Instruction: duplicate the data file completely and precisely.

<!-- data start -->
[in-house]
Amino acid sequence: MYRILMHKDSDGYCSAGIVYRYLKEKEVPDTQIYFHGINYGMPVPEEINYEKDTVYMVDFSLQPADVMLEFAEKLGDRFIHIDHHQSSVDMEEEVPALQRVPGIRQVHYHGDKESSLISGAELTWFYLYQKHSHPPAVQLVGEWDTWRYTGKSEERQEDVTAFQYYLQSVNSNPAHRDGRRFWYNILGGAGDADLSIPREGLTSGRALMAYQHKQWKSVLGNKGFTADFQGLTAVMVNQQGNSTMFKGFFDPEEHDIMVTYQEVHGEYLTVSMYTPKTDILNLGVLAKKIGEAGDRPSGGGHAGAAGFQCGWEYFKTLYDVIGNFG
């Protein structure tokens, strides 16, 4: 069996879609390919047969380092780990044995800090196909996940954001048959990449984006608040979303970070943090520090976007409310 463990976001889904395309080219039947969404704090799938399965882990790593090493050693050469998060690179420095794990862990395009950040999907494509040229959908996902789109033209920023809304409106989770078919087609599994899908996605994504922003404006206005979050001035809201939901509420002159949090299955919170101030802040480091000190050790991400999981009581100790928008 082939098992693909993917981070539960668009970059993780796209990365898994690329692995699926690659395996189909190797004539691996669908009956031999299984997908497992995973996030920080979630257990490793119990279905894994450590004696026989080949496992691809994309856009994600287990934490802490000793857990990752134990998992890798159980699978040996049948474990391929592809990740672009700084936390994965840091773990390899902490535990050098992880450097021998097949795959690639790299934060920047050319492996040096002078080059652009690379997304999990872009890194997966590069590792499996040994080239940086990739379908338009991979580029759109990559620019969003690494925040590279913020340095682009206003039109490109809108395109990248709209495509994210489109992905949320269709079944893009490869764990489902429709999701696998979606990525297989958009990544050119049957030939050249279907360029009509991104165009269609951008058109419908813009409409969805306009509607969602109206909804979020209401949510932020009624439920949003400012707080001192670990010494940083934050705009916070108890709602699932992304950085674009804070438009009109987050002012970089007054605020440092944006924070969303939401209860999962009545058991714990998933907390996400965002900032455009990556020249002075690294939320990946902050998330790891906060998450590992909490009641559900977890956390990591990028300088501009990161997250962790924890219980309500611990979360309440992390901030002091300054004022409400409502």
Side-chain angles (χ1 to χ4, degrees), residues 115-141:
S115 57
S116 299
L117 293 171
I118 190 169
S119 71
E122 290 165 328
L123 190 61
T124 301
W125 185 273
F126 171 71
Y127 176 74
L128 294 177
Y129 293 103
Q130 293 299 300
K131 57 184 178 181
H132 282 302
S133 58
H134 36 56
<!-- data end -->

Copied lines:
[in-house]
Amino acid sequence: MYRILMHKDSDGYCSAGIVYRYLKEKEVPDTQIYFHGINYGMPVPEEINYEKDTVYMVDFSLQPADVMLEFAEKLGDRFIHIDHHQSSVDMEEEVPALQRVPGIRQVHYHGDKESSLISGAELTWFYLYQKHSHPPAVQLVGEWDTWRYTGKSEERQEDVTAFQYYLQSVNSNPAHRDGRRFWYNILGGAGDADLSIPREGLTSGRALMAYQHKQWKSVLGNKGFTADFQGLTAVMVNQQGNSTMFKGFFDPEEHDIMVTYQEVHGEYLTVSMYTPKTDILNLGVLAKKIGEAGDRPSGGGHAGAAGFQCGWEYFKTLYDVIGNFG
């Protein structure tokens, strides 16, 4: 069996879609390919047969380092780990044995800090196909996940954001048959990449984006608040979303970070943090520090976007409310 463990976001889904395309080219039947969404704090799938399965882990790593090493050693050469998060690179420095794990862990395009950040999907494509040229959908996902789109033209920023809304409106989770078919087609599994899908996605994504922003404006206005979050001035809201939901509420002159949090299955919170101030802040480091000190050790991400999981009581100790928008 082939098992693909993917981070539960668009970059993780796209990365898994690329692995699926690659395996189909190797004539691996669908009956031999299984997908497992995973996030920080979630257990490793119990279905894994450590004696026989080949496992691809994309856009994600287990934490802490000793857990990752134990998992890798159980699978040996049948474990391929592809990740672009700084936390994965840091773990390899902490535990050098992880450097021998097949795959690639790299934060920047050319492996040096002078080059652009690379997304999990872009890194997966590069590792499996040994080239940086990739379908338009991979580029759109990559620019969003690494925040590279913020340095682009206003039109490109809108395109990248709209495509994210489109992905949320269709079944893009490869764990489902429709999701696998979606990525297989958009990544050119049957030939050249279907360029009509991104165009269609951008058109419908813009409409969805306009509607969602109206909804979020209401949510932020009624439920949003400012707080001192670990010494940083934050705009916070108890709602699932992304950085674009804070438009009109987050002012970089007054605020440092944006924070969303939401209860999962009545058991714990998933907390996400965002900032455009990556020249002075690294939320990946902050998330790891906060998450590992909490009641559900977890956390990591990028300088501009990161997250962790924890219980309500611990979360309440992390901030002091300054004022409400409502």
Side-chain angles (χ1 to χ4, degrees), residues 115-141:
S115 57
S116 299
L117 293 171
I118 190 169
S119 71
E122 290 165 328
L123 190 61
T124 301
W125 185 273
F126 171 71
Y127 176 74
L128 294 177
Y129 293 103
Q130 293 299 300
K131 57 184 178 181
H132 282 302
S133 58
H134 36 56